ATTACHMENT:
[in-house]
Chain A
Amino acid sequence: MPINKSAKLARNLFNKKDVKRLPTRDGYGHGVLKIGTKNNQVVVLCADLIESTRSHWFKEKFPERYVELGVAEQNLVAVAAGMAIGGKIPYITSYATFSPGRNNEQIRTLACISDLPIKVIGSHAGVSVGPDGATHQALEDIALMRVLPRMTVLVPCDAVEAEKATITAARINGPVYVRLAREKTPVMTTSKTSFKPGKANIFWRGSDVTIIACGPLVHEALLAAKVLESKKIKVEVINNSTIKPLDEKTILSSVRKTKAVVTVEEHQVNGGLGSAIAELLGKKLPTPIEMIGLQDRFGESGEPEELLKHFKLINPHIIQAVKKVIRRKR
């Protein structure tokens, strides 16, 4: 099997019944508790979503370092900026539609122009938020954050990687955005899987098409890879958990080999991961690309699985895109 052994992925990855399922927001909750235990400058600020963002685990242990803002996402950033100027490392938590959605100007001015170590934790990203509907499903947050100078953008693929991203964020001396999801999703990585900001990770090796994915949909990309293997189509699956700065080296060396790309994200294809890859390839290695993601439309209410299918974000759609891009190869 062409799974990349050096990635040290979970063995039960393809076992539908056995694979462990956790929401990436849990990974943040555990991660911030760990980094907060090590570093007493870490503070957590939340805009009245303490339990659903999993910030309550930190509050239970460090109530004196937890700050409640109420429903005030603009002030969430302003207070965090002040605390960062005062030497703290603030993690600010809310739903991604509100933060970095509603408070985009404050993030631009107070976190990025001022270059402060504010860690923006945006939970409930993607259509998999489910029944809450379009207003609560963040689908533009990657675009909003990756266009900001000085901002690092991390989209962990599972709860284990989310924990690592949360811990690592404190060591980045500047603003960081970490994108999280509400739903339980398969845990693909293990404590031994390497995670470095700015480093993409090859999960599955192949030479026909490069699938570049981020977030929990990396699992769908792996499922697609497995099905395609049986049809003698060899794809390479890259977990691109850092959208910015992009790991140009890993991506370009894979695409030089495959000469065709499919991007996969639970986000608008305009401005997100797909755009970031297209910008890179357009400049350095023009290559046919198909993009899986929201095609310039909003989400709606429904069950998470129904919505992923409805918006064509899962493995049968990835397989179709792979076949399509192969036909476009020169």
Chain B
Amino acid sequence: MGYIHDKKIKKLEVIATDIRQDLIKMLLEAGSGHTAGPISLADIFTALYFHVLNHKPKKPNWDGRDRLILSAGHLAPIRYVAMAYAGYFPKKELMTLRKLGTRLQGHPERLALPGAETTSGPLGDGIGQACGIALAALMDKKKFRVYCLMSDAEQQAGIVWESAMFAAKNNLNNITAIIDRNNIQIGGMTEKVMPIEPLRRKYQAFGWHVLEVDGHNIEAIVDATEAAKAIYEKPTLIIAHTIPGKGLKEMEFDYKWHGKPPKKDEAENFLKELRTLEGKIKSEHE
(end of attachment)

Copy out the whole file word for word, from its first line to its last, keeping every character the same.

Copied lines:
[in-house]
Chain A
Amino acid sequence: MPINKSAKLARNLFNKKDVKRLPTRDGYGHGVLKIGTKNNQVVVLCADLIESTRSHWFKEKFPERYVELGVAEQNLVAVAAGMAIGGKIPYITSYATFSPGRNNEQIRTLACISDLPIKVIGSHAGVSVGPDGATHQALEDIALMRVLPRMTVLVPCDAVEAEKATITAARINGPVYVRLAREKTPVMTTSKTSFKPGKANIFWRGSDVTIIACGPLVHEALLAAKVLESKKIKVEVINNSTIKPLDEKTILSSVRKTKAVVTVEEHQVNGGLGSAIAELLGKKLPTPIEMIGLQDRFGESGEPEELLKHFKLINPHIIQAVKKVIRRKR
């Protein structure tokens, strides 16, 4: 099997019944508790979503370092900026539609122009938020954050990687955005899987098409890879958990080999991961690309699985895109 052994992925990855399922927001909750235990400058600020963002685990242990803002996402950033100027490392938590959605100007001015170590934790990203509907499903947050100078953008693929991203964020001396999801999703990585900001990770090796994915949909990309293997189509699956700065080296060396790309994200294809890859390839290695993601439309209410299918974000759609891009190869 062409799974990349050096990635040290979970063995039960393809076992539908056995694979462990956790929401990436849990990974943040555990991660911030760990980094907060090590570093007493870490503070957590939340805009009245303490339990659903999993910030309550930190509050239970460090109530004196937890700050409640109420429903005030603009002030969430302003207070965090002040605390960062005062030497703290603030993690600010809310739903991604509100933060970095509603408070985009404050993030631009107070976190990025001022270059402060504010860690923006945006939970409930993607259509998999489910029944809450379009207003609560963040689908533009990657675009909003990756266009900001000085901002690092991390989209962990599972709860284990989310924990690592949360811990690592404190060591980045500047603003960081970490994108999280509400739903339980398969845990693909293990404590031994390497995670470095700015480093993409090859999960599955192949030479026909490069699938570049981020977030929990990396699992769908792996499922697609497995099905395609049986049809003698060899794809390479890259977990691109850092959208910015992009790991140009890993991506370009894979695409030089495959000469065709499919991007996969639970986000608008305009401005997100797909755009970031297209910008890179357009400049350095023009290559046919198909993009899986929201095609310039909003989400709606429904069950998470129904919505992923409805918006064509899962493995049968990835397989179709792979076949399509192969036909476009020169």
Chain B
Amino acid sequence: MGYIHDKKIKKLEVIATDIRQDLIKMLLEAGSGHTAGPISLADIFTALYFHVLNHKPKKPNWDGRDRLILSAGHLAPIRYVAMAYAGYFPKKELMTLRKLGTRLQGHPERLALPGAETTSGPLGDGIGQACGIALAALMDKKKFRVYCLMSDAEQQAGIVWESAMFAAKNNLNNITAIIDRNNIQIGGMTEKVMPIEPLRRKYQAFGWHVLEVDGHNIEAIVDATEAAKAIYEKPTLIIAHTIPGKGLKEMEFDYKWHGKPPKKDEAENFLKELRTLEGKIKSEHE